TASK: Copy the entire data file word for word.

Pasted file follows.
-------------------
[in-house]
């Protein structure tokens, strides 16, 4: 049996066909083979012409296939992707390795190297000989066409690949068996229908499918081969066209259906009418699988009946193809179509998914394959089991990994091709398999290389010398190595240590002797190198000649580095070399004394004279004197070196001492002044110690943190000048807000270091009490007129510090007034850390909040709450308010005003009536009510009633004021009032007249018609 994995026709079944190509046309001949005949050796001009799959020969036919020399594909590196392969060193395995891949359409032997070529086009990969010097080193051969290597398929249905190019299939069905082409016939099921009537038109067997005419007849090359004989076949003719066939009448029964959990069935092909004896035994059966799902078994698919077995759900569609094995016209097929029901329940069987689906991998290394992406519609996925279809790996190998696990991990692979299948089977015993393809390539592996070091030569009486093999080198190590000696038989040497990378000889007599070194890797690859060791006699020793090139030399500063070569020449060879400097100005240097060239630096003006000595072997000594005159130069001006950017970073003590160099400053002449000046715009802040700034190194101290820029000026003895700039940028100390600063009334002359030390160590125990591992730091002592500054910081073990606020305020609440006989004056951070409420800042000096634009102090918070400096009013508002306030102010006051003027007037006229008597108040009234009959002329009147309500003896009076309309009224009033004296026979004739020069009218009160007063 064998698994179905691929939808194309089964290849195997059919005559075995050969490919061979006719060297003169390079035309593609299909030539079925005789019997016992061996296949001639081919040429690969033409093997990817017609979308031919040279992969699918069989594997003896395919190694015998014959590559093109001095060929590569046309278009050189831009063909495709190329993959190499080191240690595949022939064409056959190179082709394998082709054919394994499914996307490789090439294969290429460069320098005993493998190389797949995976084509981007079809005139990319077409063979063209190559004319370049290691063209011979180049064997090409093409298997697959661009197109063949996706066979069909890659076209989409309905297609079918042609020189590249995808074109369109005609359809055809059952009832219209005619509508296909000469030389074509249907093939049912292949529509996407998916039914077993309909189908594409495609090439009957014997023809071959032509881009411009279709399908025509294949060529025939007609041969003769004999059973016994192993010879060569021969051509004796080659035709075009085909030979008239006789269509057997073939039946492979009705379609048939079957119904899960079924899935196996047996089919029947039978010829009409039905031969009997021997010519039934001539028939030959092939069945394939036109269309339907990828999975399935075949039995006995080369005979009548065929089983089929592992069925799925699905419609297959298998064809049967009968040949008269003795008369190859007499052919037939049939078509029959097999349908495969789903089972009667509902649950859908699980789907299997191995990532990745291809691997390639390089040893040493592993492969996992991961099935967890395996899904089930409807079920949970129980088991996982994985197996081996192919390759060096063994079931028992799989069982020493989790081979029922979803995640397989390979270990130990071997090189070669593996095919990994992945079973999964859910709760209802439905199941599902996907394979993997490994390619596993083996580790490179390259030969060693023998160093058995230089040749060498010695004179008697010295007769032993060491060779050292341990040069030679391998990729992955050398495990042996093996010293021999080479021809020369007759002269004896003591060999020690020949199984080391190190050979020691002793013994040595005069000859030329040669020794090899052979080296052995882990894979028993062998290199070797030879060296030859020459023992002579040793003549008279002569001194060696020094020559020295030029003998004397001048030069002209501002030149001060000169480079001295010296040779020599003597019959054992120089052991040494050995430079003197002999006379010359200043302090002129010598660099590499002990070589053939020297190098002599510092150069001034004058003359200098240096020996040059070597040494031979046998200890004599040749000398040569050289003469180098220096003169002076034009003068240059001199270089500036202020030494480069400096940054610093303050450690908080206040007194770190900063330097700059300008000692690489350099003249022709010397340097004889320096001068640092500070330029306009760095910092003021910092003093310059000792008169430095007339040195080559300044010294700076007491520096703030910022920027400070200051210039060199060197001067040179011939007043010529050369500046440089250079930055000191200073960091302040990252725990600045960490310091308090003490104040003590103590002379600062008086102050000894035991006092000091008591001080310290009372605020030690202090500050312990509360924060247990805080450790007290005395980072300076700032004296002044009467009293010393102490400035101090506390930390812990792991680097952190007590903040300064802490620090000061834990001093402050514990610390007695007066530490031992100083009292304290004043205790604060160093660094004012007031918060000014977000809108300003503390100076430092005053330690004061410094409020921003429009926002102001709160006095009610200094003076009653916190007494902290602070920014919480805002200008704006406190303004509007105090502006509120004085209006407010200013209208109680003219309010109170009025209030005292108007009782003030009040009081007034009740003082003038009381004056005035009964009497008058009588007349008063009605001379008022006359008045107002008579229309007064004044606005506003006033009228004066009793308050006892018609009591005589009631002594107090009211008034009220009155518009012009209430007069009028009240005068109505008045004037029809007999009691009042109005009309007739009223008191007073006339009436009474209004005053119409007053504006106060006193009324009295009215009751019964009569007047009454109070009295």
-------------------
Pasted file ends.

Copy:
[in-house]
């Protein structure tokens, strides 16, 4: 049996066909083979012409296939992707390795190297000989066409690949068996229908499918081969066209259906009418699988009946193809179509998914394959089991990994091709398999290389010398190595240590002797190198000649580095070399004394004279004197070196001492002044110690943190000048807000270091009490007129510090007034850390909040709450308010005003009536009510009633004021009032007249018609 994995026709079944190509046309001949005949050796001009799959020969036919020399594909590196392969060193395995891949359409032997070529086009990969010097080193051969290597398929249905190019299939069905082409016939099921009537038109067997005419007849090359004989076949003719066939009448029964959990069935092909004896035994059966799902078994698919077995759900569609094995016209097929029901329940069987689906991998290394992406519609996925279809790996190998696990991990692979299948089977015993393809390539592996070091030569009486093999080198190590000696038989040497990378000889007599070194890797690859060791006699020793090139030399500063070569020449060879400097100005240097060239630096003006000595072997000594005159130069001006950017970073003590160099400053002449000046715009802040700034190194101290820029000026003895700039940028100390600063009334002359030390160590125990591992730091002592500054910081073990606020305020609440006989004056951070409420800042000096634009102090918070400096009013508002306030102010006051003027007037006229008597108040009234009959002329009147309500003896009076309309009224009033004296026979004739020069009218009160007063 064998698994179905691929939808194309089964290849195997059919005559075995050969490919061979006719060297003169390079035309593609299909030539079925005789019997016992061996296949001639081919040429690969033409093997990817017609979308031919040279992969699918069989594997003896395919190694015998014959590559093109001095060929590569046309278009050189831009063909495709190329993959190499080191240690595949022939064409056959190179082709394998082709054919394994499914996307490789090439294969290429460069320098005993493998190389797949995976084509981007079809005139990319077409063979063209190559004319370049290691063209011979180049064997090409093409298997697959661009197109063949996706066979069909890659076209989409309905297609079918042609020189590249995808074109369109005609359809055809059952009832219209005619509508296909000469030389074509249907093939049912292949529509996407998916039914077993309909189908594409495609090439009957014997023809071959032509881009411009279709399908025509294949060529025939007609041969003769004999059973016994192993010879060569021969051509004796080659035709075009085909030979008239006789269509057997073939039946492979009705379609048939079957119904899960079924899935196996047996089919029947039978010829009409039905031969009997021997010519039934001539028939030959092939069945394939036109269309339907990828999975399935075949039995006995080369005979009548065929089983089929592992069925799925699905419609297959298998064809049967009968040949008269003795008369190859007499052919037939049939078509029959097999349908495969789903089972009667509902649950859908699980789907299997191995990532990745291809691997390639390089040893040493592993492969996992991961099935967890395996899904089930409807079920949970129980088991996982994985197996081996192919390759060096063994079931028992799989069982020493989790081979029922979803995640397989390979270990130990071997090189070669593996095919990994992945079973999964859910709760209802439905199941599902996907394979993997490994390619596993083996580790490179390259030969060693023998160093058995230089040749060498010695004179008697010295007769032993060491060779050292341990040069030679391998990729992955050398495990042996093996010293021999080479021809020369007759002269004896003591060999020690020949199984080391190190050979020691002793013994040595005069000859030329040669020794090899052979080296052995882990894979028993062998290199070797030879060296030859020459023992002579040793003549008279002569001194060696020094020559020295030029003998004397001048030069002209501002030149001060000169480079001295010296040779020599003597019959054992120089052991040494050995430079003197002999006379010359200043302090002129010598660099590499002990070589053939020297190098002599510092150069001034004058003359200098240096020996040059070597040494031979046998200890004599040749000398040569050289003469180098220096003169002076034009003068240059001199270089500036202020030494480069400096940054610093303050450690908080206040007194770190900063330097700059300008000692690489350099003249022709010397340097004889320096001068640092500070330029306009760095910092003021910092003093310059000792008169430095007339040195080559300044010294700076007491520096703030910022920027400070200051210039060199060197001067040179011939007043010529050369500046440089250079930055000191200073960091302040990252725990600045960490310091308090003490104040003590103590002379600062008086102050000894035991006092000091008591001080310290009372605020030690202090500050312990509360924060247990805080450790007290005395980072300076700032004296002044009467009293010393102490400035101090506390930390812990792991680097952190007590903040300064802490620090000061834990001093402050514990610390007695007066530490031992100083009292304290004043205790604060160093660094004012007031918060000014977000809108300003503390100076430092005053330690004061410094409020921003429009926002102001709160006095009610200094003076009653916190007494902290602070920014919480805002200008704006406190303004509007105090502006509120004085209006407010200013209208109680003219309010109170009025209030005292108007009782003030009040009081007034009740003082003038009381004056005035009964009497008058009588007349008063009605001379008022006359008045107002008579229309007064004044606005506003006033009228004066009793308050006892018609009591005589009631002594107090009211008034009220009155518009012009209430007069009028009240005068109505008045004037029809007999009691009042109005009309007739009223008191007073006339009436009474209004005053119409007053504006106060006193009324009295009215009751019964009569007047009454109070009295």